The rfaE gene from Escherichia coli encodes a bifunctional protein involved in biosynthesis of the lipopolysaccharide core precursor ADP-L-glycero-D-manno-heptose

M A Valvano, C L Marolda, M Bittner, M Glaskin-Clay, T L Simon, J D Klena

Research output: Contribution to journalArticlepeer-review

50 Citations (Scopus)

Abstract

The intermediate steps in the biosynthesis of the ADP-L-glycero-D-manno-heptose precursor of inner core lipopolysaccharide (LPS) are not yet elucidated. We isolated a mini-Tn10 insertion that confers a heptoseless LPS phenotype in the chromosome of Escherichia coli K-12. The mutation was in a gene homologous to the previously reported rfaE gene from Haemophilus influenzae. The E. coli rfaE gene was cloned into an expression vector, and an in vitro transcription-translation experiment revealed a polypeptide of approximately 55 kDa in mass. Comparisons of the predicted amino acid sequence with other proteins in the database showed the presence of two clearly separate domains. Domain I (amino acids 1 to 318) shared structural features with members of the ribokinase family, while Domain II (amino acids 344 to 477) had conserved features of the cytidylyltransferase superfamily that includes the aut gene product of Ralstonia eutrophus. Each domain was expressed individually, demonstrating that only Domain I could complement the rfaE::Tn10 mutation in E. coli, as well as the rfaE543 mutation of Salmonella enterica SL1102. DNA sequencing of the rfaE543 gene revealed that Domain I had one amino acid substitution and a 12-bp in-frame deletion resulting in the loss of four amino acids, while Domain II remained intact. We also demonstrated that the aut::Tn5 mutation in R. eutrophus is associated with heptoseless LPS, and this phenotype was restored following the introduction of a plasmid expressing the E. coli Domain II. Thus, both domains of rfaE are functionally different and genetically separable confirming that the encoded protein is bifunctional. We propose that Domain I is involved in the synthesis of D-glycero-D-manno-heptose 1-phosphate, whereas Domain II catalyzes the ADP transfer to form ADP-D-glycero-D-manno-heptose.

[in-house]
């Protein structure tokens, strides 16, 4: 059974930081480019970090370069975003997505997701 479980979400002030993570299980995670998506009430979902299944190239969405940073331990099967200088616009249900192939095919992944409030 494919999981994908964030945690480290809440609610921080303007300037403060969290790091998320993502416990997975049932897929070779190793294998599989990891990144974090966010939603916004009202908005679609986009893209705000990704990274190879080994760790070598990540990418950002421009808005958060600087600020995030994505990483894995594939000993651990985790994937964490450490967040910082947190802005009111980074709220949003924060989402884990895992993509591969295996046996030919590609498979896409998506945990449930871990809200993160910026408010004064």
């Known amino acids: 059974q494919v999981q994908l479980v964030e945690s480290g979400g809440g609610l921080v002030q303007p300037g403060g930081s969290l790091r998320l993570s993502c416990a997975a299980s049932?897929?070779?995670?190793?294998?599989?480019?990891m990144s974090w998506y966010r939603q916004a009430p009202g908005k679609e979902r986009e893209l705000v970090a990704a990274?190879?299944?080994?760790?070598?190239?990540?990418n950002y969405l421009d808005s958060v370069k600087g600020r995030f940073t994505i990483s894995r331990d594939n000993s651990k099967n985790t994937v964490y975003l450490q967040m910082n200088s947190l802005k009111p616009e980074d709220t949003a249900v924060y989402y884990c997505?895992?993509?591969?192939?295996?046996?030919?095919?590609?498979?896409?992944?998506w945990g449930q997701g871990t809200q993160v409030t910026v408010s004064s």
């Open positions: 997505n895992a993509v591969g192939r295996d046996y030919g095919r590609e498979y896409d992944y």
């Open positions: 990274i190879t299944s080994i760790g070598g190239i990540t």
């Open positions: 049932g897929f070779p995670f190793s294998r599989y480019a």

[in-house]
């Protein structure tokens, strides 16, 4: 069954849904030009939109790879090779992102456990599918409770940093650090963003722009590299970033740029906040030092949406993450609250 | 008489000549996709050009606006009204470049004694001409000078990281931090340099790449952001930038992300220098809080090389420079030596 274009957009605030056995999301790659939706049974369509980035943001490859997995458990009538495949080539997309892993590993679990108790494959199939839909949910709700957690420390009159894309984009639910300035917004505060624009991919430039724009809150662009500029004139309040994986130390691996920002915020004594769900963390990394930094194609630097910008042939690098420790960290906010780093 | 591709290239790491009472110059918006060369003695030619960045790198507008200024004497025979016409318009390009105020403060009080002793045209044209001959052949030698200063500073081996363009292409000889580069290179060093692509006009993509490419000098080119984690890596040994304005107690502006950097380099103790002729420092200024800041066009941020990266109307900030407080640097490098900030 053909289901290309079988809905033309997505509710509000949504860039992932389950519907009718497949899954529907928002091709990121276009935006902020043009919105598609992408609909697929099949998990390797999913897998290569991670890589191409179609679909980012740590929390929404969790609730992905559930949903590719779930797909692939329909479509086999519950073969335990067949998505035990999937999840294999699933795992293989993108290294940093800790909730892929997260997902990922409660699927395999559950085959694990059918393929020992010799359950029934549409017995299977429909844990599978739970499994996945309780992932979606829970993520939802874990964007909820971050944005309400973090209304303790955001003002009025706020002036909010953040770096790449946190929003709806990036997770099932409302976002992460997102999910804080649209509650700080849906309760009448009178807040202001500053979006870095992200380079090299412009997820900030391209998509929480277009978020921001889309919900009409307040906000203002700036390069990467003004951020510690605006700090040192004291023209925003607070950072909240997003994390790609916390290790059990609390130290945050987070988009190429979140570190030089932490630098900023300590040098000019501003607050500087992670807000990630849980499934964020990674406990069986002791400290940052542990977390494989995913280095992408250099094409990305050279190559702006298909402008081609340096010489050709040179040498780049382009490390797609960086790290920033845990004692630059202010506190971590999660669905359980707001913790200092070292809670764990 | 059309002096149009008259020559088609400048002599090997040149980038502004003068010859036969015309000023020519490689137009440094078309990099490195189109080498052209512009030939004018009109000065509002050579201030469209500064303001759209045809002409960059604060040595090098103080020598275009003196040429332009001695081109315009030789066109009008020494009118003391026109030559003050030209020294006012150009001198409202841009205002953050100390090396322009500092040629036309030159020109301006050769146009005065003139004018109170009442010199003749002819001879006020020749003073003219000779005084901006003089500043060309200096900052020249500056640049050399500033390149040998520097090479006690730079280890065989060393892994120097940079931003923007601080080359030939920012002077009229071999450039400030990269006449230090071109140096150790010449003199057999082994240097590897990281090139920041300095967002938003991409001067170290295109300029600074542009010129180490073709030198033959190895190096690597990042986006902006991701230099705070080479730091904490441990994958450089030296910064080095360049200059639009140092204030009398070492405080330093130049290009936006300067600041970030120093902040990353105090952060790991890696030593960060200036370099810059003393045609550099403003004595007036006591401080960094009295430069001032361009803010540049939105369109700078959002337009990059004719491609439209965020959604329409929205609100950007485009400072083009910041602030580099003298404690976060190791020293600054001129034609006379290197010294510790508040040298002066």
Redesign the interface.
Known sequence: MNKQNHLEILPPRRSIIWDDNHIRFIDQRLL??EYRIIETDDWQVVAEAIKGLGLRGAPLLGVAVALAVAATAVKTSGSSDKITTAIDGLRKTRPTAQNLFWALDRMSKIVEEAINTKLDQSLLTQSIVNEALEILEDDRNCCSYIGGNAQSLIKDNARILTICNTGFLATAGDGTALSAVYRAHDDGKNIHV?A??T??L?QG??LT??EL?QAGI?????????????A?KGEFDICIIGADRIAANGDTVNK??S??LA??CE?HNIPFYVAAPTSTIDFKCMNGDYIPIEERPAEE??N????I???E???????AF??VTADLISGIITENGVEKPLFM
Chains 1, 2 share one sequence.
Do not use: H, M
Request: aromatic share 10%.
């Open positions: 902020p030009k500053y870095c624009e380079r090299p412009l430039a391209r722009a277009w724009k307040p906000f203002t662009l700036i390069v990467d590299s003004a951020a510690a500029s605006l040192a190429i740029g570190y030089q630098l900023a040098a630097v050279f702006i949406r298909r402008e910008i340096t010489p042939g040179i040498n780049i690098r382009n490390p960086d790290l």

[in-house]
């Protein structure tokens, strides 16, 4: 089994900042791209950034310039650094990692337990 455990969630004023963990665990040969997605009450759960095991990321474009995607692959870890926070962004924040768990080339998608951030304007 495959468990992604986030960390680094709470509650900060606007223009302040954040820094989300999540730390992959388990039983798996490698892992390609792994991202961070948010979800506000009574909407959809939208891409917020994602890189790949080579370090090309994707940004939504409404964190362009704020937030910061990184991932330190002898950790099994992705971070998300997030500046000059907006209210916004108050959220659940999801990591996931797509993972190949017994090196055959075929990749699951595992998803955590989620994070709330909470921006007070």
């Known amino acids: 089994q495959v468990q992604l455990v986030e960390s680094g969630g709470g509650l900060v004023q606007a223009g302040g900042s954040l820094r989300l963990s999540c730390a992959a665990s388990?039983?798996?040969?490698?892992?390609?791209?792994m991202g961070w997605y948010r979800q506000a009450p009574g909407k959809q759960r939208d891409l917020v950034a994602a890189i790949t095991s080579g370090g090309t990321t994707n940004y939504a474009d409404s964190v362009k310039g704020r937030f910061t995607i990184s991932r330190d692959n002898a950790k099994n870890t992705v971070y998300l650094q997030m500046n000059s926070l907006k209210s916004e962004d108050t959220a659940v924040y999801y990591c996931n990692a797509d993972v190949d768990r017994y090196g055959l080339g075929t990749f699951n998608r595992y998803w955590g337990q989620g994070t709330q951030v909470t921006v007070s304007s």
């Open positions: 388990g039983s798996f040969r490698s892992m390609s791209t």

Original languageEnglish
Pages (from-to)488-97
Number of pages10
JournalJournal of Bacteriology
Volume182
Issue number2
Publication statusPublished - Jan 2000

ASJC Scopus subject areas

  • Applied Microbiology and Biotechnology
  • Immunology

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